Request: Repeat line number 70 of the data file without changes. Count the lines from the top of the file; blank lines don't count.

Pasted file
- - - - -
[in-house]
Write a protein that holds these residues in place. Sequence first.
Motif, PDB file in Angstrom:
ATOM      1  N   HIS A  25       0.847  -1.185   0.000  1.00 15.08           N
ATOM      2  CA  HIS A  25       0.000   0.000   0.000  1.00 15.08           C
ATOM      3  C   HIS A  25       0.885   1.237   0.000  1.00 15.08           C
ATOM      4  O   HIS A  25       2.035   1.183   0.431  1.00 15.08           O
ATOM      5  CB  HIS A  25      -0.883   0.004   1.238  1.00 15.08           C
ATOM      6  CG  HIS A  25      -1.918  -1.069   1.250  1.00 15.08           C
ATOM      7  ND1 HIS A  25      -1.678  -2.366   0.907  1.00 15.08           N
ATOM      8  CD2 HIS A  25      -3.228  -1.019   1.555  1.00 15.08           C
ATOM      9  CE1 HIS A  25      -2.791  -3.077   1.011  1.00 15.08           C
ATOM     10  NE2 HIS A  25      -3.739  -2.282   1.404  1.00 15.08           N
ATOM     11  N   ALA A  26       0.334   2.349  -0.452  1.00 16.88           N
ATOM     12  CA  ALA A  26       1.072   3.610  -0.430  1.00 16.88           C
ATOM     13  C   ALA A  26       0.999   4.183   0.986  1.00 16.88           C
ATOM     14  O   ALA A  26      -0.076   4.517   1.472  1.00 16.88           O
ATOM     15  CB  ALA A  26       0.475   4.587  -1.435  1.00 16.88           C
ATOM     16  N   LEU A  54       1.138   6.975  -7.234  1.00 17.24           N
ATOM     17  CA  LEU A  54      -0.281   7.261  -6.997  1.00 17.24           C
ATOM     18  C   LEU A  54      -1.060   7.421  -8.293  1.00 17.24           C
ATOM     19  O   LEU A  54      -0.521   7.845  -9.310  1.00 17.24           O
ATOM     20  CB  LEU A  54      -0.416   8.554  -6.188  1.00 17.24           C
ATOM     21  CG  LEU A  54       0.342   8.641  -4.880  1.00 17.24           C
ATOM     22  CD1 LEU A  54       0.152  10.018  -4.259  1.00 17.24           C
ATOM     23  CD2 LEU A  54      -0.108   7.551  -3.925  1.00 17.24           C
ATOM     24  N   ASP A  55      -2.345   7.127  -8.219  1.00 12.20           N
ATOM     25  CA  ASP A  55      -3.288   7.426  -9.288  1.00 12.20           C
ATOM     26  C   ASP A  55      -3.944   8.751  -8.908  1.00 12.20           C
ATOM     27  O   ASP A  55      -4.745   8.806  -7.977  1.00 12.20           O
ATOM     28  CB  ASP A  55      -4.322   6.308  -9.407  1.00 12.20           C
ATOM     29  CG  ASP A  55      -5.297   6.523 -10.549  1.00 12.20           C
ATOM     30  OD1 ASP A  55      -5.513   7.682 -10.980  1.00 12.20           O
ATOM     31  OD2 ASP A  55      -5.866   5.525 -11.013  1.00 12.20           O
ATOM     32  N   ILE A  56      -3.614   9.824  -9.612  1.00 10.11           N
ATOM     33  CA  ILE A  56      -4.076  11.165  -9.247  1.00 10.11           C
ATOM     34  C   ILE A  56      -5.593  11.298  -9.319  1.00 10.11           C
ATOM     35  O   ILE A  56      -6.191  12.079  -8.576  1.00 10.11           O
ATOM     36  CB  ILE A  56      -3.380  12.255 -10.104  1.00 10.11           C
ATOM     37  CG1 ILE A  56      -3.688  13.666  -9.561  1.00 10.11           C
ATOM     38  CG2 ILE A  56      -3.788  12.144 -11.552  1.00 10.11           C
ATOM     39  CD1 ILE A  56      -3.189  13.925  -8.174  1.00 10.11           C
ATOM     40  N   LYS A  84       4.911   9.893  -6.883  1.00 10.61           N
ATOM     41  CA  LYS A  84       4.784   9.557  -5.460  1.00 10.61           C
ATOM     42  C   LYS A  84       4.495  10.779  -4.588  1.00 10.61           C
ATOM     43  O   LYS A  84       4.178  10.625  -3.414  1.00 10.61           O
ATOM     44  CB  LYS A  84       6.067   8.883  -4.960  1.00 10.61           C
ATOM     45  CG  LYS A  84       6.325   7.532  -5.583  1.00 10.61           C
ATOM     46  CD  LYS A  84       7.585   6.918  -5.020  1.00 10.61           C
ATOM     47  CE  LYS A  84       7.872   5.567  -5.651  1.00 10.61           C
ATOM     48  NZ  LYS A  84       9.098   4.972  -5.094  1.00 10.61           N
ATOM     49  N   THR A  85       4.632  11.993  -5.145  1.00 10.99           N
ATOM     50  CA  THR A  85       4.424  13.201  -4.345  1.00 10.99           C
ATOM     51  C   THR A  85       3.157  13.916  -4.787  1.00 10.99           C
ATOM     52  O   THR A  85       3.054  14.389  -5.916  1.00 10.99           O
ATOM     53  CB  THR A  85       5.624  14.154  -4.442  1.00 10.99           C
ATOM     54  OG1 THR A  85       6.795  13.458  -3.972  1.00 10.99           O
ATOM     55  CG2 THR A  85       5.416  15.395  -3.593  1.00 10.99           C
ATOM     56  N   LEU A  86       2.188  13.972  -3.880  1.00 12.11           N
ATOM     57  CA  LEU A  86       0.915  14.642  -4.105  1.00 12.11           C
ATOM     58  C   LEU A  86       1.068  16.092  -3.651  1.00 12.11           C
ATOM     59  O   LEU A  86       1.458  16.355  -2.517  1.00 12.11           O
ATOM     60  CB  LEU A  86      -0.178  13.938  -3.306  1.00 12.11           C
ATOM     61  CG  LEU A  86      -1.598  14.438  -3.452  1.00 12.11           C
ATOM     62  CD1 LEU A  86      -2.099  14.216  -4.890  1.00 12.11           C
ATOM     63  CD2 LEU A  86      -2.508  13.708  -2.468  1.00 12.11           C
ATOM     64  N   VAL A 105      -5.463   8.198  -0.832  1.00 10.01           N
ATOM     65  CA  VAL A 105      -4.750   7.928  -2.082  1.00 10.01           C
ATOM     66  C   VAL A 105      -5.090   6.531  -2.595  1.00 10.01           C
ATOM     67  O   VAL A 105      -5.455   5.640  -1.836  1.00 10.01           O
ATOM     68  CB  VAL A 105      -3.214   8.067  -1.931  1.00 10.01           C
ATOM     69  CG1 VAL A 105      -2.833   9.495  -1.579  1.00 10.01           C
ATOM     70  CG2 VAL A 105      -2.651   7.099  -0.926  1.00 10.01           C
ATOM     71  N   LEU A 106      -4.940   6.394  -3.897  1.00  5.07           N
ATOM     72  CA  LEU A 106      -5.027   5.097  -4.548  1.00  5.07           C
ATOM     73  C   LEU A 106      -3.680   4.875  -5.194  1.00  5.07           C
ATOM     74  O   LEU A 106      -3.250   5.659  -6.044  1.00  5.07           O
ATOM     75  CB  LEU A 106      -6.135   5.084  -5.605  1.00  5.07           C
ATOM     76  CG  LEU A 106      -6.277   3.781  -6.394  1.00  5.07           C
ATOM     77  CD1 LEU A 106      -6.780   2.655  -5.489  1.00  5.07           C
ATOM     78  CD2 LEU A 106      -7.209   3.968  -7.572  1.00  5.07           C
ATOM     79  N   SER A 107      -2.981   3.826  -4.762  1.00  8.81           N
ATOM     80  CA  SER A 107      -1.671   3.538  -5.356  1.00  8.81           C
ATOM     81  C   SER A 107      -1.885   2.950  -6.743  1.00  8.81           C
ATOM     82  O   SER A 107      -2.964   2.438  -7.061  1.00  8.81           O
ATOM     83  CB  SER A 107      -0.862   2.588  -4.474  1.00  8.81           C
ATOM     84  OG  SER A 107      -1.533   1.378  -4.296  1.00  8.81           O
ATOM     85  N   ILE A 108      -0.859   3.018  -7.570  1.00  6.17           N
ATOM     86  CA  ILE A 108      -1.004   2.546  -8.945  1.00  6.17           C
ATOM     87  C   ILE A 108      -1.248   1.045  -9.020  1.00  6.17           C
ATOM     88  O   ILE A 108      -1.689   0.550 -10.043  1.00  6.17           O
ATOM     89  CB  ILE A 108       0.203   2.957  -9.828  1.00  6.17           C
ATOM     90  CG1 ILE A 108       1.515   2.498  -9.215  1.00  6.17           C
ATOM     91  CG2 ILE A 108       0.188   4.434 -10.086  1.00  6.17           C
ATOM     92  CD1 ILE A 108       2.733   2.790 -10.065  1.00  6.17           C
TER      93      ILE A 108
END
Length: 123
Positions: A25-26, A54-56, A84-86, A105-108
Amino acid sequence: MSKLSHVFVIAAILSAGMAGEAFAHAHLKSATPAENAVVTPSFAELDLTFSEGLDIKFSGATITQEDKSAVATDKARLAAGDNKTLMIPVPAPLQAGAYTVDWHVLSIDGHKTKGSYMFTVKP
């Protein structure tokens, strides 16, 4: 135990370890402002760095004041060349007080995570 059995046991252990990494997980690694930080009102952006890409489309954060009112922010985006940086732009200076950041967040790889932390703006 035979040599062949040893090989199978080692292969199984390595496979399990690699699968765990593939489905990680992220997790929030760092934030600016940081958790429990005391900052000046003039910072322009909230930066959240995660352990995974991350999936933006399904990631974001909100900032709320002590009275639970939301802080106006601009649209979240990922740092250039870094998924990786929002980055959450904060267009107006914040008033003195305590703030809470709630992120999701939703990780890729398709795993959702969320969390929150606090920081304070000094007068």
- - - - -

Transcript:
ATOM     67  O   VAL A 105      -5.455   5.640  -1.836  1.00 10.01           O